Global Trade Series: The Benefits of Free Trade
The Benefits of Free Trade
History has shown that trade can be a powerful engine for economic growth. Despite this, the number of protectionist policies enacted around the world has increased.
This is due to a rising tendency to view trade as a competition, rather than a cooperative endeavor. For evidence, consider the ongoing China-U.S. trade war, which has impacted everything from electronics to soybeans.
The economic costs of this dispute are well-documented. In 2019, Moody’s Analytics found that the trade war had cost America 300,000 jobs. In 2020, the Federal Reserve concluded that U.S. firms had lost $1.7 trillion in market capitalization due to the introduction of new tariffs.
In this infographic from the Hinrich Foundation—the first of a three-part series on global trade—we explain the theory behind free trade and explore a powerful dataset that disproves the rationale for protectionist policies.
Why Do We Trade?
The main reason countries trade is to specialize their production. This is when a country’s population is able to focus on what it does best. For example, consider Germany’s expertise in automobiles, or America’s leadership in tech.
These countries use their comparative advantages to generate a greater surplus than if they produced all of their needs on their own. Through exchange, they can trade their surplus output (exports) for the output of others (imports).
Imports are what facilitate the benefits of trade. These are goods that people consume without having to produce, and they can help reduce costs, catalyze greater competition, and even spark innovation.
A New Era of Deglobalization
Between 2001 and 2008, trade grew immensely. In dollar terms, it rose from $15.6 trillion to $40.7 trillion, representing a 160% increase. More importantly, as a share of global GDP, it rose from 47% to a peak of 64%.
|Year||Trade (Export + Import)||World GDP (USD)||Trade (% of GDP)|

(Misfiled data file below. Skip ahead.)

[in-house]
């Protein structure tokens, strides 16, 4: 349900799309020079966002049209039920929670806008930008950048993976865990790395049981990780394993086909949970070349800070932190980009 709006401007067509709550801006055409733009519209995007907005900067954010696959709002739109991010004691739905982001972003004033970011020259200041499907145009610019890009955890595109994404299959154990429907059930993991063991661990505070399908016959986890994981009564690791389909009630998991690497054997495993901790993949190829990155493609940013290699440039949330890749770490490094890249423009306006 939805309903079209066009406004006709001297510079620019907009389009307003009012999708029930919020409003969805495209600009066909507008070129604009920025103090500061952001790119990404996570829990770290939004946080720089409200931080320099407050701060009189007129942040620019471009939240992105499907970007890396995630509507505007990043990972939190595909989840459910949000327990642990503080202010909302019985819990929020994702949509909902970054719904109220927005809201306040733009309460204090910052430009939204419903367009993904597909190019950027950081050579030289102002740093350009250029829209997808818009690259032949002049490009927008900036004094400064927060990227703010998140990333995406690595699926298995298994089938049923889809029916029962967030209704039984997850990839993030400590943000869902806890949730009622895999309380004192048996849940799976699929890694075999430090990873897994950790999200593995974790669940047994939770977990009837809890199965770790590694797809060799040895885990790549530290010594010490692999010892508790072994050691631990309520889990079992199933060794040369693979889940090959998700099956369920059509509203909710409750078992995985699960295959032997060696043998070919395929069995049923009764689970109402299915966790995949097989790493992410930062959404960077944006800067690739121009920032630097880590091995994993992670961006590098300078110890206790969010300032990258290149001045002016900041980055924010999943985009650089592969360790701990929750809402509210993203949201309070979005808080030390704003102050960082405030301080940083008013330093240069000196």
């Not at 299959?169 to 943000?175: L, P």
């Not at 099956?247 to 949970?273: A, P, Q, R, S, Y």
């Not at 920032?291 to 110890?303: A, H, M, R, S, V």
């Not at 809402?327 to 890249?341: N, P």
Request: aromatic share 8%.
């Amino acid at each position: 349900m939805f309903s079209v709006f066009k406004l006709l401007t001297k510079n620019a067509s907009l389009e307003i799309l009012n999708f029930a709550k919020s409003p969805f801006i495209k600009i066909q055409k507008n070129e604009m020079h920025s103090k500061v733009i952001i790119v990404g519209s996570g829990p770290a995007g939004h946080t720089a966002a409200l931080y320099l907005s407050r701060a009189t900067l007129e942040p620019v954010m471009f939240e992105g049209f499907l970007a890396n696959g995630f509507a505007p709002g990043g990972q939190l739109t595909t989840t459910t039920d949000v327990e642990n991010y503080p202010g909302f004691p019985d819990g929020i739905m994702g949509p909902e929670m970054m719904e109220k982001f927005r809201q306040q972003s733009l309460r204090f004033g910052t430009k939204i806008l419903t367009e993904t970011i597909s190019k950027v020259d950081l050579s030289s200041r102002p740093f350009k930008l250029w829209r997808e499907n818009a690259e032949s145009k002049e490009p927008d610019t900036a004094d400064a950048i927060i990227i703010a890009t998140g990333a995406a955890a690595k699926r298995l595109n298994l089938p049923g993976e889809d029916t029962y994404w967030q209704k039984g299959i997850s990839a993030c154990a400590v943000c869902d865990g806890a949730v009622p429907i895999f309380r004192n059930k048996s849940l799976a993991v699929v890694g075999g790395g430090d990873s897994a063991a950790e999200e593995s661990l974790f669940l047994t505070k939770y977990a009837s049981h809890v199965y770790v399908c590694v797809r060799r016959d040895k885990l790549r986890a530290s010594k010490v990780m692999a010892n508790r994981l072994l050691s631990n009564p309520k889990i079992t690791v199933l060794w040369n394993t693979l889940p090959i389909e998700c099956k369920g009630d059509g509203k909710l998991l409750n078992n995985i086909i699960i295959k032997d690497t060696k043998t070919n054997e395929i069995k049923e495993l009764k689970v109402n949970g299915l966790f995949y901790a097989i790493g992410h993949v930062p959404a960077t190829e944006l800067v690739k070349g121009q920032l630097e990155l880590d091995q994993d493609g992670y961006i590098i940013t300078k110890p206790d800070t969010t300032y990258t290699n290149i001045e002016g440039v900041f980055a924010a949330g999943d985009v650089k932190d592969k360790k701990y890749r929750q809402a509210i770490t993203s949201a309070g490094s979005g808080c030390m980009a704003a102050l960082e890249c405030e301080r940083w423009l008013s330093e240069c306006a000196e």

Since then, the number of protectionist trade policies has increased by 663%. This includes tariffs, which are taxes on foreign goods, and import quotas, which are limits on the amount of goods imported.
These measures appear to be having a material effect on trade. As a share of GDP, it has never returned to its 2008 high, and in 2020, it dipped an alarming five percentage points.
The Fallacy of Us Vs. Them
A growing number of governments view trade as a competition between “us” and “them”. This could be because the costs of trade are visible, while the benefits are largely unseen.
Consider a company that struggles to compete with foreign low-cost producers. It winds down its operations, resulting in job losses and an abandoned factory. These are the visible costs of trade, and when they’re covered in the media, trade is painted in a bad light.
So what exactly are the benefits? For starters, consumers benefit from the availability of cheaper goods. Not only can they buy the same things for less, they also have more money leftover for other goods and services. This extra spending will then contribute to growth in other areas of the economy.
“The benefits of trade are the resources that become available for investment in promising new firms and industries. Putting resources to better use is how we increase living standards and wealth.”
– Daniel Ikenson, Economist
To see if these benefits outweigh the costs, we analyzed U.S. economic performance from 1975 to 2019. In the vast majority of these years, GDP moved in the same direction as imports. This means that in years when imports grew, so too did GDP.
However, this doesn’t mean that an increase in imports will directly grow GDP. Rather, GDP grows when the extra spending that was freed up is allocated efficiently. The same positive relationship is seen between imports and employment—disputing the belief that imports cause a net loss in jobs. This is because imports increase when an economy expands, and an expanding economy creates more jobs.
The Case for Trade Liberalization
When it comes to free trade, domestic politics and geopolitical struggles appear to be taking the front seat. Consider the shortages of medical equipment seen in the early stages of the COVID-19 pandemic—this was partly due to harmful tariffs which disrupted the free flow of goods.
This is problematic because the most powerful benefits of trade are realized through imports. These cheaper goods give consumers greater spending power, which benefits other areas of the economy.
In the next part of the Global Trade Series sponsored by the Hinrich Foundation, we’ll explore digital trade and how it will impact the world economy.
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